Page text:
Obviously in the context of, of what we do the, the nice thing about having a network of so many brands who are trying to understand so many different things is that it gives us the ability to look at, at data across the network. And so we do a little bit of that with things like attribution, but This is going to be much more exciting, I think, in, in a lot of ways to be able to actually dive into something that has broader impact and, and measures kind of a higher level than, than what's happening on an individual brand basis and individual customer basis.
[00:13:16] Taylor: I love it. So where no commerce has traditionally sort of been a one-to-one. Set of questions to a set of customers. This can be a one to many where, where we can take one set of questions and distribute it to many different customers and they're, the, the speed at which they're able to deploy this across their network is what made it so intriguing.
It's like, yeah, we could set this up. We can, we, we did a webinar for a set of brands. We got them to opt into participating and boom, it was there and we were collecting data. It was incredible how their sort of, Enablement, their technology that they had set up allowed us to do this so quickly. And so that's what we have.
We have a post-purchase survey that gets deployed out to a set of, across a set of customers that have all opted their brand into participating in this survey that then gets aggregated and analyzed by Steve to create an indication or score about the sentiment that customers have. So, Steve, tell us what the questions are that we're asking.
And how you're using that response to create this score on behalf of the D T C C I. Yeah, so
[00:14:16] Steve: there were three original questions I came up with. How much did you spend in the last 30 days? How much do you intend on spending in the next three months? And how, what do you think about the economy in the future?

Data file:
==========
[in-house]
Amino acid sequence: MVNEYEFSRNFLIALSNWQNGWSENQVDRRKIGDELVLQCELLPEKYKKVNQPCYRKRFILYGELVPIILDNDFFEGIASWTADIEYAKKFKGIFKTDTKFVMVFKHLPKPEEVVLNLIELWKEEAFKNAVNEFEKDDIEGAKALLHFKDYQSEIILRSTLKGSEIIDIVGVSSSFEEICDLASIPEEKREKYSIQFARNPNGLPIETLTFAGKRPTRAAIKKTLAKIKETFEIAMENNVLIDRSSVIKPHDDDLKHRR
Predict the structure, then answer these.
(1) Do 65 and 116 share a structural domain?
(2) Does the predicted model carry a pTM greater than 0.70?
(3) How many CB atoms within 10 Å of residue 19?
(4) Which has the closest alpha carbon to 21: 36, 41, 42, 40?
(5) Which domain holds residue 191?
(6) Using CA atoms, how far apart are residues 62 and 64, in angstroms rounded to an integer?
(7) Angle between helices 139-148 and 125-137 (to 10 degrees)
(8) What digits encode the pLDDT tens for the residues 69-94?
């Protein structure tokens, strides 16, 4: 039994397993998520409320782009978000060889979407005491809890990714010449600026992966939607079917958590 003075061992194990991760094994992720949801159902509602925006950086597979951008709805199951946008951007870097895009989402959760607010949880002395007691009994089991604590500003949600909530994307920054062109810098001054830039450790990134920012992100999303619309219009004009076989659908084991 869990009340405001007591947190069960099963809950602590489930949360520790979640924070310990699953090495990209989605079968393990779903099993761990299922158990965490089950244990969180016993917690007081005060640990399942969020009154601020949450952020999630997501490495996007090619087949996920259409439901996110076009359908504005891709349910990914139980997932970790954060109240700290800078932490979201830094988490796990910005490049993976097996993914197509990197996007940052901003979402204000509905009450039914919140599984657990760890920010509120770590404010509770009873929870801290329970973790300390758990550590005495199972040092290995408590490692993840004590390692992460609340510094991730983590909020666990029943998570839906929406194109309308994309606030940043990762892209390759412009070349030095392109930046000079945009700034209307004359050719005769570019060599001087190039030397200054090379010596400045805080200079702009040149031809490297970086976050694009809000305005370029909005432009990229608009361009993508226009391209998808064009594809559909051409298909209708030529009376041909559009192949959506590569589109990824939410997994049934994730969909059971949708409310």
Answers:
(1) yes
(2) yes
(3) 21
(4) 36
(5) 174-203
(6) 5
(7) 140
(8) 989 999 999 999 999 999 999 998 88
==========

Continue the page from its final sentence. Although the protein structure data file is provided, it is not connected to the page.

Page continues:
And those were the original three. And Jeremiah, Through in a bonus fourth that they were already asking. That was kind of an awesome question. Do you see yourself as a spender or saver? And it's nice to kind of correlate those together so that you understand whether it's a spender or saver that's responding in a particular way.
And then from our side, it's actually a, a joining of the data that really is useful because we have the status data from. You know, over 250 brands, close to 300 where we're pulling in m e r data, that marketing efficiency ratio, like for the aggregate. That way we can kind of see h what people are saying relative to what we saw in the marketplace.
And that, that's extremely relevant to tie it back to a physical metric
[00:15:20] Taylor: that you can actually measure. And this is, this is where Steve really would go after the existing consumer confidence index, which is awesome cuz it's existed for 60 years and it kind of gives you a history of a, the American consumer in a really interesting way.
But the limitation is, is it's not anchored or obligated to actually connect to any financial measure. It doesn't connect to gdp, it doesn't connect to the stock market. There's no indication that it actually represents anything about people's financial FU reality. And so we wanted to know, would understanding sentiment actually give us an insight into future behavior?
Cuz that's really the key here, is that if we can start to tie those things together, now we have something really, really powerful. So Steve, talk a little bit about how we're using and what you're doing with the data to not just historically analyze, or even in more real time, give an indication of what has happened, but how we're using it to make predictions about the future.